Sheila Merritt’s Retro Reads reviews books from years past that continue to deserve attention, and are still available to readers. First up is Usher’s Passing.
Usher’s Passing by Robert R. McCammon was originally published in 1984. It is a stellar example of modern horror’s heyday. Set in the period in which it was written, the novel remains compelling; the kind of book that pulls at the reader even when mundane duties demand separation from it. The narrative has a spellbinding premise: Edgar Allan Poe’s “The Fall of the House of Usher” was not simply a febrile fiction concocted by the master, but rather based on rumors he had heard and subliminally suppressed. The current descendants of the Usher clan have amassed a fortune worth billions of dollars through its armament business. Like their ancestors, these Ushers still suffer from mind-blowing hereditary peculiarities that periodically necessitate taking sanctuary in a “quiet room” devoid of light, and muffled against sound.
Rix Usher has rebelled against a heritage he loathes, living away from his fabulously wealthy North Carolina kin. He is summoned back to the palatial estate called Usherland due to his father’s declining health. Rix is a published horror novelist who has received devastating news from his editor: His latest book doesn’t merit release. In spite of his familial antipathy, Rix recognizes that his lurid family history has publication potential. With a little exhumation he might have a best seller.
Tumultuous relationships abound. Rix’s brother Boone is a hostile sadist. Sister Katt is a business-savvy drug addict. Mother is distant and delusional, and there’s no love lost between Rix and his father: “Walen Usher was the kind of man who insisted that his children make appointments to see him. He kept his sons and daughter on short leashes—until Rix gnawed himself loose, earning his father’s undying hatred.”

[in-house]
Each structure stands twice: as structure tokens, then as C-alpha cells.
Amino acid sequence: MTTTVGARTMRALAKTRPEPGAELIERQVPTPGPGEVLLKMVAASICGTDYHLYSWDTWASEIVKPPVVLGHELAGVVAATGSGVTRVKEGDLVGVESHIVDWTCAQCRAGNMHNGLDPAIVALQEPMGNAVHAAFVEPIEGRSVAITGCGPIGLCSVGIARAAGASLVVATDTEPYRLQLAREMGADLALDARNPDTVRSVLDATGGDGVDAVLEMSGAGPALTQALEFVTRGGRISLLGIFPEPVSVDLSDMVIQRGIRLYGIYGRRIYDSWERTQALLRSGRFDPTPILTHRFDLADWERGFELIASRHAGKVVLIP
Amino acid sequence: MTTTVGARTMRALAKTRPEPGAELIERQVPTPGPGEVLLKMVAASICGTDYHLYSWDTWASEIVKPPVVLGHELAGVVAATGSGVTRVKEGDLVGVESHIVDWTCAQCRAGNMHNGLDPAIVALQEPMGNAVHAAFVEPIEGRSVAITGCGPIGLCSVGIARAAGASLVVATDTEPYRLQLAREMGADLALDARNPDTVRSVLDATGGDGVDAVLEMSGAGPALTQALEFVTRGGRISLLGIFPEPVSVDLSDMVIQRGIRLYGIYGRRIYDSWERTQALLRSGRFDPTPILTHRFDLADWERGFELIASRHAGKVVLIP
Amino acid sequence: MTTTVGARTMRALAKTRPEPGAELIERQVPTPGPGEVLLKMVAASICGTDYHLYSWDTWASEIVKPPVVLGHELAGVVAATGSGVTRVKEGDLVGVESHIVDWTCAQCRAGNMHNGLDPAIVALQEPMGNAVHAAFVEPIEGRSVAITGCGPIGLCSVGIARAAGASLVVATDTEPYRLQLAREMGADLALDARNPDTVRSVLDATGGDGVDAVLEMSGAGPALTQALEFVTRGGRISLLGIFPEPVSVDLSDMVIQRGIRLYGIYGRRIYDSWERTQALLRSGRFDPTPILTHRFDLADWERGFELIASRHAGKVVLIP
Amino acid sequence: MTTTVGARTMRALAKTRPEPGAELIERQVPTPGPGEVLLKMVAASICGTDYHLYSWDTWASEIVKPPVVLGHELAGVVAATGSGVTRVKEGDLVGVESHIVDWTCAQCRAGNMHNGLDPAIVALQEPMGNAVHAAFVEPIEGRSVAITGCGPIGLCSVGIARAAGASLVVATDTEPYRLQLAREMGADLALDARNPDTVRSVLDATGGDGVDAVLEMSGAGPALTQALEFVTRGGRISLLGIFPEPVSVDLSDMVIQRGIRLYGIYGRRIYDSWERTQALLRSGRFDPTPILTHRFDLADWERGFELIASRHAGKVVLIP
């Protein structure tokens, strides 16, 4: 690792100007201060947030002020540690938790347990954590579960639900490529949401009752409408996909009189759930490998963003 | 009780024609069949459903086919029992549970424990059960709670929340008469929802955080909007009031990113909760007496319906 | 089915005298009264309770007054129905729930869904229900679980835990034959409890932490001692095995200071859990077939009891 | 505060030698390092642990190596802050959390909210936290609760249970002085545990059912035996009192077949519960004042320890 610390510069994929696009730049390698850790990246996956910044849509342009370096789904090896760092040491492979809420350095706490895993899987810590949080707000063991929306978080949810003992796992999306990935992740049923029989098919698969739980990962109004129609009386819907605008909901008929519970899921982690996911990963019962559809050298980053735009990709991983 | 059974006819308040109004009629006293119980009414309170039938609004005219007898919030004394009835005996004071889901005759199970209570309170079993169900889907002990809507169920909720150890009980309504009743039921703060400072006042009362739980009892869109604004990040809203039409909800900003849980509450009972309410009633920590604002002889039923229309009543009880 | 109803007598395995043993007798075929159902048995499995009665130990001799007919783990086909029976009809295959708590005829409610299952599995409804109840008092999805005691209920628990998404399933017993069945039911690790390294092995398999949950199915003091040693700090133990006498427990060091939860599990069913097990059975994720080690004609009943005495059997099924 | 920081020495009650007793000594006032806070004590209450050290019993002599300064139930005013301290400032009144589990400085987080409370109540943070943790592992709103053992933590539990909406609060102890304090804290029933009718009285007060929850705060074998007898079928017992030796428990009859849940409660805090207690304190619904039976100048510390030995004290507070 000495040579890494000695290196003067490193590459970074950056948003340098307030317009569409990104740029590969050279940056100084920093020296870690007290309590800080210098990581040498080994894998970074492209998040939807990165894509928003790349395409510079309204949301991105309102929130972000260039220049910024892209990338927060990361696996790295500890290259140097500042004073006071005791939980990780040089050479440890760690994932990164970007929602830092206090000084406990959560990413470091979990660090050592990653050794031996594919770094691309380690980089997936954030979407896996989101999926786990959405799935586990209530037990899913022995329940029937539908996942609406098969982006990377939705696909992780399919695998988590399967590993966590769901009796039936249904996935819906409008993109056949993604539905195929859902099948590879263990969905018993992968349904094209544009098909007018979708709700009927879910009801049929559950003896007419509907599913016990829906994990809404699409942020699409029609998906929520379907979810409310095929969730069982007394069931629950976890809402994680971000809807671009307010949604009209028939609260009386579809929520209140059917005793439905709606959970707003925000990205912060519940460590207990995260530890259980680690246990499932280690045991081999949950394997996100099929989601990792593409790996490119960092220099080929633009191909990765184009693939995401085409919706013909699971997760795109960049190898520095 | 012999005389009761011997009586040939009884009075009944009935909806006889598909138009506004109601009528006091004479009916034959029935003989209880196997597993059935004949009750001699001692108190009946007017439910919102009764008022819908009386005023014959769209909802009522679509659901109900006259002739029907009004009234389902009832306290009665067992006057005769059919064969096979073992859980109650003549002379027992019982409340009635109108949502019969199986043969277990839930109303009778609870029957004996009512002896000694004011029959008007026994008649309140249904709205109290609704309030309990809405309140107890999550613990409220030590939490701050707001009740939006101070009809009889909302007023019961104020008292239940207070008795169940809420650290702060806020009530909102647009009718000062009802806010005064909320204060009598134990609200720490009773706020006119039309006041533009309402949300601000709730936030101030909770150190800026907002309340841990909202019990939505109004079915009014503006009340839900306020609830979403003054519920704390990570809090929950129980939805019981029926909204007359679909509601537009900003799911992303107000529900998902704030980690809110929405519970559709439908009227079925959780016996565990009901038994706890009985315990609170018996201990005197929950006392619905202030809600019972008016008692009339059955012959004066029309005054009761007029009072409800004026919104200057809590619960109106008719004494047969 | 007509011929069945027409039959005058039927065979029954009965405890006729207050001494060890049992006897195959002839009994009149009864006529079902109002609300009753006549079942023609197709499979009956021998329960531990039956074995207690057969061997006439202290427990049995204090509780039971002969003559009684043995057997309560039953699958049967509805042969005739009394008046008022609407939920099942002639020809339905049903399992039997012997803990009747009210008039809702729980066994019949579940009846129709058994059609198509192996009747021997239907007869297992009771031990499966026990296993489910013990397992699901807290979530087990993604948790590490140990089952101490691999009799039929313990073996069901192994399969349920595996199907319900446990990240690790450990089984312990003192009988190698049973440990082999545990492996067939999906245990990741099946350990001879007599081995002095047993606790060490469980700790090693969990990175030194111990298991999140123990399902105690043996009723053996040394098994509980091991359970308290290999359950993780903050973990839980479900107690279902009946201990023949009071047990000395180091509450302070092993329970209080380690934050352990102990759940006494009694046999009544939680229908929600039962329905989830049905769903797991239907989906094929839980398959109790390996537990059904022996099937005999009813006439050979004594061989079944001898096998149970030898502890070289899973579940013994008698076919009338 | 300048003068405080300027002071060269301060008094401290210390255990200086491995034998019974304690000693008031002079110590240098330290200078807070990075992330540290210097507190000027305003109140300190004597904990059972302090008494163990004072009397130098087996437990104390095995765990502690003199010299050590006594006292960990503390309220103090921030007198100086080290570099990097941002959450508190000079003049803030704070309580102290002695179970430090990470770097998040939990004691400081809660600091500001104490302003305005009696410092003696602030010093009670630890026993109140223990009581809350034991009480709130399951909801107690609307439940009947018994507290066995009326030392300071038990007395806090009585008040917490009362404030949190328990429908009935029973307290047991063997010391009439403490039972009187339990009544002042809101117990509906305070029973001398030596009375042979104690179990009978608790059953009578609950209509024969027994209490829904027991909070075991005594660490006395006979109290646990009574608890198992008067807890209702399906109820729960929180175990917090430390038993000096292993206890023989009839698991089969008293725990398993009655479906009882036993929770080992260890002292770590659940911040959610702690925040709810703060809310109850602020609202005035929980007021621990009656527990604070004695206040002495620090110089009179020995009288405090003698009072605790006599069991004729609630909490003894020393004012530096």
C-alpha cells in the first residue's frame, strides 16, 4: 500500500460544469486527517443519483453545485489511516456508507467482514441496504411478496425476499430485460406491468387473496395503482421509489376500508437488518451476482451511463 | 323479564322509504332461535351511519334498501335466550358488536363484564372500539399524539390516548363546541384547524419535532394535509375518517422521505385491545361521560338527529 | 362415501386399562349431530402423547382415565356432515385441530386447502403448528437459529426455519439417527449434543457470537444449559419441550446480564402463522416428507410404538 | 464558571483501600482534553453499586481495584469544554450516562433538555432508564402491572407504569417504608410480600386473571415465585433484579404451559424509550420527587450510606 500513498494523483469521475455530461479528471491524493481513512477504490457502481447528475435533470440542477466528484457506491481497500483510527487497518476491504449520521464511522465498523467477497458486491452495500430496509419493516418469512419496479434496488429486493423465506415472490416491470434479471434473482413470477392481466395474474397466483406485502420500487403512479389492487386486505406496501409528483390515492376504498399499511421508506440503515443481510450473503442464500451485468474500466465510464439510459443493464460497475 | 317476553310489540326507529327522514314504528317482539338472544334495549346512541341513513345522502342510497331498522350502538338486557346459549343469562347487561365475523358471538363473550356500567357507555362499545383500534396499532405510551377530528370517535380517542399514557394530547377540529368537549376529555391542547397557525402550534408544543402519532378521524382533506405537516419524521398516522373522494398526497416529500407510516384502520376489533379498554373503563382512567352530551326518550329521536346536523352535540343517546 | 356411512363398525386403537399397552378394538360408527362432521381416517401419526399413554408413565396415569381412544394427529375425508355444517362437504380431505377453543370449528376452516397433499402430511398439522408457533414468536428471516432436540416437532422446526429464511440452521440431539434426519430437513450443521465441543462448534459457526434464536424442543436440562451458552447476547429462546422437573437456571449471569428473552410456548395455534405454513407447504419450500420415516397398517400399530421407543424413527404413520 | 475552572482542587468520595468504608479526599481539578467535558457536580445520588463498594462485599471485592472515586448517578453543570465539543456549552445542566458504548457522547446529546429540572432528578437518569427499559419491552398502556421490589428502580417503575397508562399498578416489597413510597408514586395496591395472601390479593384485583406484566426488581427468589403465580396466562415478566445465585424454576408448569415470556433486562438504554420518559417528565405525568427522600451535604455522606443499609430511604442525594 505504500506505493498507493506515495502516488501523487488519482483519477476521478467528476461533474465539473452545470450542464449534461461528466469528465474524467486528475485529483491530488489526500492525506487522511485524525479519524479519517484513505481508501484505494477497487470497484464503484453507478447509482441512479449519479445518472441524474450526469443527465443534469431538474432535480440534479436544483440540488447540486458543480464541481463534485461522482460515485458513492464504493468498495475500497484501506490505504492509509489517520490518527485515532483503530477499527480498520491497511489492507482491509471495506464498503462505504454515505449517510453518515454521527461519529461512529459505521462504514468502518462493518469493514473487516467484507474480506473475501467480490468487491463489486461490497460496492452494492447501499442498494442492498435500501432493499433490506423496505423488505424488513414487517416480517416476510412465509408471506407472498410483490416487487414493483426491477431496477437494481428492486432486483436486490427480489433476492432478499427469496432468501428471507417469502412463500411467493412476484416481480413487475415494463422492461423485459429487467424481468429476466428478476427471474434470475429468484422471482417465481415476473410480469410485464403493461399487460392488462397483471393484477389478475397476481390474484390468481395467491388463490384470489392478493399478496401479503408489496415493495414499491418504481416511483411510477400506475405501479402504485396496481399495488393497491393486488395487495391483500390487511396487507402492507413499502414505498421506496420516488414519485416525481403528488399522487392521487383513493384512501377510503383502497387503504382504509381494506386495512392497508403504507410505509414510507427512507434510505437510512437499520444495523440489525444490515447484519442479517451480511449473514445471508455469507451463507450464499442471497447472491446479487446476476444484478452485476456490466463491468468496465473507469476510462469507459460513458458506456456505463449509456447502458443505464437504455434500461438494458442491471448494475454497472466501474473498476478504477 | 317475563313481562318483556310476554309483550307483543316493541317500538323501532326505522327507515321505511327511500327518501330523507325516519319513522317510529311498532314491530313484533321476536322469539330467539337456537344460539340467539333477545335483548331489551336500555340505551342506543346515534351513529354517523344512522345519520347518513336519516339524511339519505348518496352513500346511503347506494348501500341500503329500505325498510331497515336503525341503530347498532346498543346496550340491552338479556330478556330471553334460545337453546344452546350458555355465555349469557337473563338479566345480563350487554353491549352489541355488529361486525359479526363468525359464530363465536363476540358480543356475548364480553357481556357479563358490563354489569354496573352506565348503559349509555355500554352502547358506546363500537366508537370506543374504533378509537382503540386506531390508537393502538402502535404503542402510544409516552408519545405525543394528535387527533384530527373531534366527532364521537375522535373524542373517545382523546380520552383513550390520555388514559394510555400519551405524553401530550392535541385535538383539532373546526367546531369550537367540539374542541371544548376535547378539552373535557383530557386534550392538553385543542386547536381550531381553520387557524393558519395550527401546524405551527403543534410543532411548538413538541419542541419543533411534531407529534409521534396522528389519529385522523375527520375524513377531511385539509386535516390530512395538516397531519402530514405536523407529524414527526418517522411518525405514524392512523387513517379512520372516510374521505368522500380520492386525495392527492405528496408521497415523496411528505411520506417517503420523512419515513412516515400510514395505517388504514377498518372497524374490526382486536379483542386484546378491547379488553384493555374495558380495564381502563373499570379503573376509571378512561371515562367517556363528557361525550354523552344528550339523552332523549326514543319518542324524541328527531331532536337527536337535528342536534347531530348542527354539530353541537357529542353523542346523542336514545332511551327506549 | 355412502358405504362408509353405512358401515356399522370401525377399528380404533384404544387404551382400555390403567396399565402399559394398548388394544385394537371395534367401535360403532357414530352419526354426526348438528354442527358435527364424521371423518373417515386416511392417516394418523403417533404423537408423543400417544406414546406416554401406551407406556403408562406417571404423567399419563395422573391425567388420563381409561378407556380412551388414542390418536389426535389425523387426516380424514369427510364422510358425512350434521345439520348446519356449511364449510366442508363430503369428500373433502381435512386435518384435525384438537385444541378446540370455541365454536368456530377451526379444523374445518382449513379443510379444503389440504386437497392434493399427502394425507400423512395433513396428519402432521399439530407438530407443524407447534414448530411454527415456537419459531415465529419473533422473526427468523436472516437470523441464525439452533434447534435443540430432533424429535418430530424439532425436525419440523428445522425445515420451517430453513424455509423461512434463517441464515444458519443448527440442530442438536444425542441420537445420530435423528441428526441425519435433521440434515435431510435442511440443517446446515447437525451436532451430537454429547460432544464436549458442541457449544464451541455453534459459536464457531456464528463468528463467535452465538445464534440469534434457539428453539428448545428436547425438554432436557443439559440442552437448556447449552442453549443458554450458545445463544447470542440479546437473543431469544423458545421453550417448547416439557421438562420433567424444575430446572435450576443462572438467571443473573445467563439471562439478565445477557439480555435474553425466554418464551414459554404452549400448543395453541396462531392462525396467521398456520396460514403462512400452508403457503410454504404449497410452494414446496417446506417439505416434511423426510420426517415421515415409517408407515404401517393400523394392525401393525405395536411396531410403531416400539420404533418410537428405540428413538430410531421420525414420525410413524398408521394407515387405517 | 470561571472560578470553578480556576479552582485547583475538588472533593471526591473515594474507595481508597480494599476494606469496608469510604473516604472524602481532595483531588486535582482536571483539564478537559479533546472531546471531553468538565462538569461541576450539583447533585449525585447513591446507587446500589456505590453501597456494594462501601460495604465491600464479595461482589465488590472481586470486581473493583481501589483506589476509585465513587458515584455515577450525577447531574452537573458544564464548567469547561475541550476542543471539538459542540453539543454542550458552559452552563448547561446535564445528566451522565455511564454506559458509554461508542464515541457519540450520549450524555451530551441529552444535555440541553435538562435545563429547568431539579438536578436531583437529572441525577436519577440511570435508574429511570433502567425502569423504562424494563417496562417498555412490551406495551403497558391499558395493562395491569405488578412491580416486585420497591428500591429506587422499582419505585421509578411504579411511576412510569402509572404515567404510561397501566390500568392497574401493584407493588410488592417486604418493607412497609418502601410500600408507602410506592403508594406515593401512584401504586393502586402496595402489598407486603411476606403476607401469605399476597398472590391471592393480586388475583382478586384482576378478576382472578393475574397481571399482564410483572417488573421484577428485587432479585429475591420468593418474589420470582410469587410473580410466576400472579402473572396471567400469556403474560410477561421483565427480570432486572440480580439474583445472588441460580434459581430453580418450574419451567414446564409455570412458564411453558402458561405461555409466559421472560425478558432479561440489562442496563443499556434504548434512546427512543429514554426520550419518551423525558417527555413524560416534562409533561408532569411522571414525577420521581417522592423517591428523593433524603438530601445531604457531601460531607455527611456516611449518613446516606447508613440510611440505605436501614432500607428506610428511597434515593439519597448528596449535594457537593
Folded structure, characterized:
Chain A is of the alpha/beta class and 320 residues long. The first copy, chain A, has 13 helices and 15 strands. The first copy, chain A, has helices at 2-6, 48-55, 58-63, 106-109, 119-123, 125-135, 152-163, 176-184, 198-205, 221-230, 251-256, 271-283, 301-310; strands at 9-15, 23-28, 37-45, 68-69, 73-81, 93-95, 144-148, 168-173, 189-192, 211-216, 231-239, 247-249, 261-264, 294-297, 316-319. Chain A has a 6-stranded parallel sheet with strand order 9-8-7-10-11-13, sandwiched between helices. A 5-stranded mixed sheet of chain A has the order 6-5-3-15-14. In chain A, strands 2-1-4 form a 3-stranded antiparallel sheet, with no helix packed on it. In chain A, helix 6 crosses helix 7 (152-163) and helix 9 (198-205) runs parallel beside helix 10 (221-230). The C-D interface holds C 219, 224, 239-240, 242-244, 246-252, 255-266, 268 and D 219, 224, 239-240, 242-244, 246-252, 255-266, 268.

A marvelous overlapping storyline involves missing children, a predatory panther-like creature, and a spooky rural legend known as The Pumpkin Man. The Usher line is indeed nasty, and their cohorts through time are vile in their own right. The characters, even those with the most malevolent intent, have facets to their personalities. There’s a “sins of the fathers” thread that impacts many people’s actions. “Helpless in the grip of heredity” is a phrase that is honed to perfection in this tale. The level of luxury that the Ushers have attained is described in envy provoking detail. Rix’s impeccably attired, coiffed, and bejeweled mother is like an objet d’art in a grand museum. She sometimes frets about her progeny, but is obsessed with appearances and what people will think. Her marriage has tarnished her soul.
Usher’s Passing is so finely constructed that it could be used as a textbook for aspiring horror writers, despite the fact that its author is leery of such genre labels. Robert McCammon has received multiple Bram Stoker Awards from The Horror Writers Association, including its Lifetime Achievement Award. Laden with beautifully timed frights, Usher’s Passing remains one of the renowned author’s most memorable works.